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Yates attacked over hacking role
Former Met assistant commissioner John Yates should have arranged for a different officer to lead a review into the original phone hacking investigation, because of his links with the News of the World, the Leveson Inquiry has found.
Lord Justice Leveson said a "series of poor decisions, poorly executed" had contributed to the idea that closeness between the Met Police and News International made officers reluctant to fully investigate hacking.
But he said he had seen no reason to doubt the integrity of the police and senior officers concerned.
Police launched the original phone hacking investigation, dubbed Operation Caryatid, after members of the royal household contacted them with concerns that their voicemails were being hacked by the News of the World in December 2005.
The newspaper's former royal reporter Clive Goodman and private investigator Glenn Mulcaire were both jailed in 2007 for hacking.
But police later fell under fire for failing to widen the scope of the investigation despite evidence suggesting there would be many more victims.
Mr Yates, former assistant commissioner at the Met Police, was said to have decided in a matter of hours that there was no fresh material that could lead to convictions.
He resigned in July 2011 over criticism of his review two years previously.
Lord Justice Leveson said that Mr Yates - friends with Neil Wallis, the then deputy editor of the newspaper - should have made sure he was not involved.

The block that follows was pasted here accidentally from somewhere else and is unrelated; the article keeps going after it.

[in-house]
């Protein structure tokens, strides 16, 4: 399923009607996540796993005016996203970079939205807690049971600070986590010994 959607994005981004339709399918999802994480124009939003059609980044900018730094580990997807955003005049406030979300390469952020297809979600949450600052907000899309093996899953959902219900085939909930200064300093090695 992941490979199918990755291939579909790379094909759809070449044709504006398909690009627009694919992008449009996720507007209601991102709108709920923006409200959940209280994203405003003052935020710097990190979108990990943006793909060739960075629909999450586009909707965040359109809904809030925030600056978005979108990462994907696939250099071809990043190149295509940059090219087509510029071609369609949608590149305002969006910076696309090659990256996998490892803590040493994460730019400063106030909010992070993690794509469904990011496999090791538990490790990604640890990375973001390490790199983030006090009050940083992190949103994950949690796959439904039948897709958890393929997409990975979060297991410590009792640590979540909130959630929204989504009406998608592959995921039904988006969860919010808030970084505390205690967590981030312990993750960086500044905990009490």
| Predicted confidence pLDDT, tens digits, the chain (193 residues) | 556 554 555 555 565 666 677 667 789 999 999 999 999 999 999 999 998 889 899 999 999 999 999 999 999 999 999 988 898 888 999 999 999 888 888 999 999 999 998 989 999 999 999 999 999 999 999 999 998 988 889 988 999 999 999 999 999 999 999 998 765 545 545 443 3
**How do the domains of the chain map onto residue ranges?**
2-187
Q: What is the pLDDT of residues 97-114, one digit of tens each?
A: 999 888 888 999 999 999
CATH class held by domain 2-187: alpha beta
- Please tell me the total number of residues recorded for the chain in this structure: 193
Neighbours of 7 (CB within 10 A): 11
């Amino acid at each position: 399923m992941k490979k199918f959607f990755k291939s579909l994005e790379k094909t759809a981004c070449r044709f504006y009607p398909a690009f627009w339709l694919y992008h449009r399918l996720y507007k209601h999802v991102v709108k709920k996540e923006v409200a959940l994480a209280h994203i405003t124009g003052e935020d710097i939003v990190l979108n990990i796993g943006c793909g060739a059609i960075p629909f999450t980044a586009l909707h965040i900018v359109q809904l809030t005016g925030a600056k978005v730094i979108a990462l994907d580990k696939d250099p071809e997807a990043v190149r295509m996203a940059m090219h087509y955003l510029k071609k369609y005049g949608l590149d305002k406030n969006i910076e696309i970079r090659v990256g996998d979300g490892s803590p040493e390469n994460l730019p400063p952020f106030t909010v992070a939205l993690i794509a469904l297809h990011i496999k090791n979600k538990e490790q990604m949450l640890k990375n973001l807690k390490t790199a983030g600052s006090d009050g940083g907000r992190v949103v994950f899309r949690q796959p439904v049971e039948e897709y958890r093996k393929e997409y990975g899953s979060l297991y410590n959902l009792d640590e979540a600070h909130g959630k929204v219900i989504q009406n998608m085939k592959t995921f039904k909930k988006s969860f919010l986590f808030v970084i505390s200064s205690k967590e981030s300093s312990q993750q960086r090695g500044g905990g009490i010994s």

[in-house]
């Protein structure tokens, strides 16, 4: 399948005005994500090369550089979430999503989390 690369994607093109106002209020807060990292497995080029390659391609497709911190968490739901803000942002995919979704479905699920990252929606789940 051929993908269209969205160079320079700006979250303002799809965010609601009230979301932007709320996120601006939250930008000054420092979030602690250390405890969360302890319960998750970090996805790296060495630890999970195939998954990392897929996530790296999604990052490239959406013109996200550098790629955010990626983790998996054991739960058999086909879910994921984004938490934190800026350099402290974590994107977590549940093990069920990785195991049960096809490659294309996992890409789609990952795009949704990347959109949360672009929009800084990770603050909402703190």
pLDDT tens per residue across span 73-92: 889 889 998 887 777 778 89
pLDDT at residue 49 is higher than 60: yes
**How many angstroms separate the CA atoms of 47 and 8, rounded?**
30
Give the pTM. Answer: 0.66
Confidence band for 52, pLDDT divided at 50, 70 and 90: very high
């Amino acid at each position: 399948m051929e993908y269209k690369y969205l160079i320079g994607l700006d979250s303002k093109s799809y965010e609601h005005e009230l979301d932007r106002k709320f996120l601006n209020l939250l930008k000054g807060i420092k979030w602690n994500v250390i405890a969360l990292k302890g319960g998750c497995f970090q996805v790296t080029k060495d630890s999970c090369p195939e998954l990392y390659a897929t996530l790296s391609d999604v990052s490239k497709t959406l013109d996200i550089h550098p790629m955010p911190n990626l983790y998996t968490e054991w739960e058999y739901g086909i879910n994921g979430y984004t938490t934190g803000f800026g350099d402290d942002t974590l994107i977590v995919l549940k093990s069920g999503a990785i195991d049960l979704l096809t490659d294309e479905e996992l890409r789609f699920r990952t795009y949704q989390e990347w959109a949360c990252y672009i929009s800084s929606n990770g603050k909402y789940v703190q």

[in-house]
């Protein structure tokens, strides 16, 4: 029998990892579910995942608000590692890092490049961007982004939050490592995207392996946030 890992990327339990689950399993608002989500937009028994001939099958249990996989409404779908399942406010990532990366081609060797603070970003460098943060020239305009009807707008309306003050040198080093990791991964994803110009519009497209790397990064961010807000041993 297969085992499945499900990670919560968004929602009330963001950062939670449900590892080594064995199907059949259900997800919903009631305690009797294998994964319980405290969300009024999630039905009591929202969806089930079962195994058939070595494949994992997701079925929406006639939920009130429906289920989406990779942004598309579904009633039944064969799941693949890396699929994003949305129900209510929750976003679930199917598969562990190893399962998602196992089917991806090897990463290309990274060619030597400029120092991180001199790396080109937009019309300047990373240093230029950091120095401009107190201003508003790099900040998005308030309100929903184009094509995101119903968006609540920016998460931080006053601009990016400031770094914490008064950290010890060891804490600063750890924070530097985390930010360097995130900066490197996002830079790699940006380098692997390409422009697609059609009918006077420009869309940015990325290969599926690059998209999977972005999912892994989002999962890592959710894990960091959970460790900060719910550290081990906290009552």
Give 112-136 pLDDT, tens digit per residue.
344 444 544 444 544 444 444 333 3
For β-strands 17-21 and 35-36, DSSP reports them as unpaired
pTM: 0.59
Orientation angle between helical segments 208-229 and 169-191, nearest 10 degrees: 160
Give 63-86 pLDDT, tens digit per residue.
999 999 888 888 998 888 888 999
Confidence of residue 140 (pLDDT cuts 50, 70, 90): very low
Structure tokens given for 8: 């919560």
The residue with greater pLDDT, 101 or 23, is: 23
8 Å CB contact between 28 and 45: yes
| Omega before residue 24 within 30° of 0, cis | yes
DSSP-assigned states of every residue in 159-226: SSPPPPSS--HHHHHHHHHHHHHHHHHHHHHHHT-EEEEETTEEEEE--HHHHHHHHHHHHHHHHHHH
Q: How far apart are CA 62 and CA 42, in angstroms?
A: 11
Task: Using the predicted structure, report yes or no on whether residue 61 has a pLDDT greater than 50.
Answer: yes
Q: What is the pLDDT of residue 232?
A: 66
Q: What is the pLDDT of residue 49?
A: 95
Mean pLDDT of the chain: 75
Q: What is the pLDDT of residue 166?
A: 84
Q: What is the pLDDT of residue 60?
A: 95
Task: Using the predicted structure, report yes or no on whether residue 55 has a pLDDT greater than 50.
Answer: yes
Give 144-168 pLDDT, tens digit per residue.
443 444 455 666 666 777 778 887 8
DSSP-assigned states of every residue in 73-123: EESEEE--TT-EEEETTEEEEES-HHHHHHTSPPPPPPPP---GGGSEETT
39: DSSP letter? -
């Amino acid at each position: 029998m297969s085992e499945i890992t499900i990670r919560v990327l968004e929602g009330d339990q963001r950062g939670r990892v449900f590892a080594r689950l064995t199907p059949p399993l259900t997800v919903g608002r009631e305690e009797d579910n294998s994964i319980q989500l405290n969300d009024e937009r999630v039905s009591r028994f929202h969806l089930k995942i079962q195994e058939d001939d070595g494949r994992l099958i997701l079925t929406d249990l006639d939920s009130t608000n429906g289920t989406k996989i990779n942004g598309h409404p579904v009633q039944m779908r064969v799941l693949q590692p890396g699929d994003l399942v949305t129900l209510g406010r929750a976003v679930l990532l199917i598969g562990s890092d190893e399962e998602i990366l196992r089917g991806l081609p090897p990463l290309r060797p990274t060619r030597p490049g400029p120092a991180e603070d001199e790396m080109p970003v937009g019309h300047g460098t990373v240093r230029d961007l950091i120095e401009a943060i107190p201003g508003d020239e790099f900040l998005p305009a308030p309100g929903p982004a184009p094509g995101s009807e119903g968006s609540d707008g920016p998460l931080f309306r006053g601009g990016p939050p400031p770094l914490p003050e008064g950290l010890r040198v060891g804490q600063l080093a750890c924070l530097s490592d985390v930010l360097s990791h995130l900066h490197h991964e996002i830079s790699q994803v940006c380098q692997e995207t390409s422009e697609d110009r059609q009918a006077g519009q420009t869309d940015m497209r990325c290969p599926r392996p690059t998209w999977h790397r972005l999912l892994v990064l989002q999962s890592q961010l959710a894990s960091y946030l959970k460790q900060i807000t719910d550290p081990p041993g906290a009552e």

"Because of its importance to the reputation of the Metropolitan Police each step of the way in which Operation Caryatid was executed and later reviewed has been analysed in great detail," he said.
"In reality, I am satisfied that I have seen no basis for challenging at any stage the integrity of the police, or that of the senior police officers concerned.
"What is, however, equally clear is that a series of poor decisions, poorly executed, all came together to contribute to the perception that I have recognised."
The report acknowledged that the decision to restrict the original investigation was justified, given the pressures of counter-terrorism activities at the time.
But it added: "Although he was a very experienced police officer, I regret that Assistant Commissioner Yates did not reflect on whether he should be involved in an investigation into the newspaper at which he had friends, including one who was the deputy editor (in circumstances in which decisions by the Metropolitan Police and the Crown Prosecution Service were coming under scrutiny).
"He would have been better advised to arrange for a different officer to conduct it.
"That is even more so when he decided, within hours and before the case papers had been recovered and could be properly reviewed, that there were no grounds for reviewing the decision: errors of recollection were inevitable and they were made.
"Furthermore, publicly to announce that conclusion, on camera, on the same day meant that there was no turning back.
"A defensive mindset was then established which affected all that followed."